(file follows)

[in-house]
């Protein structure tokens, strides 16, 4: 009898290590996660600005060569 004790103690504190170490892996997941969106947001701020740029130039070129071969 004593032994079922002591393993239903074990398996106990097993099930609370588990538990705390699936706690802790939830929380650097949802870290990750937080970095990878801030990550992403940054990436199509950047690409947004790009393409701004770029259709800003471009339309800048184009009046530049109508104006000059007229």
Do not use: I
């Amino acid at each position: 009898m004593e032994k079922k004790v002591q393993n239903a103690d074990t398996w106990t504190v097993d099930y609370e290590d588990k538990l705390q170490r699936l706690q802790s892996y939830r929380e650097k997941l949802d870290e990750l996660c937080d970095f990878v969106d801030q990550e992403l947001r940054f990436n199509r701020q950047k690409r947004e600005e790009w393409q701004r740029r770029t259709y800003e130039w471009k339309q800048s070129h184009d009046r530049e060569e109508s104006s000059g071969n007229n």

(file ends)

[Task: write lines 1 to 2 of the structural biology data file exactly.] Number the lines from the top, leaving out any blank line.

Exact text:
[in-house]
């Protein structure tokens, strides 16, 4: 009898290590996660600005060569 004790103690504190170490892996997941969106947001701020740029130039070129071969 004593032994079922002591393993239903074990398996106990097993099930609370588990538990705390699936706690802790939830929380650097949802870290990750937080970095990878801030990550992403940054990436199509950047690409947004790009393409701004770029259709800003471009339309800048184009009046530049109508104006000059007229």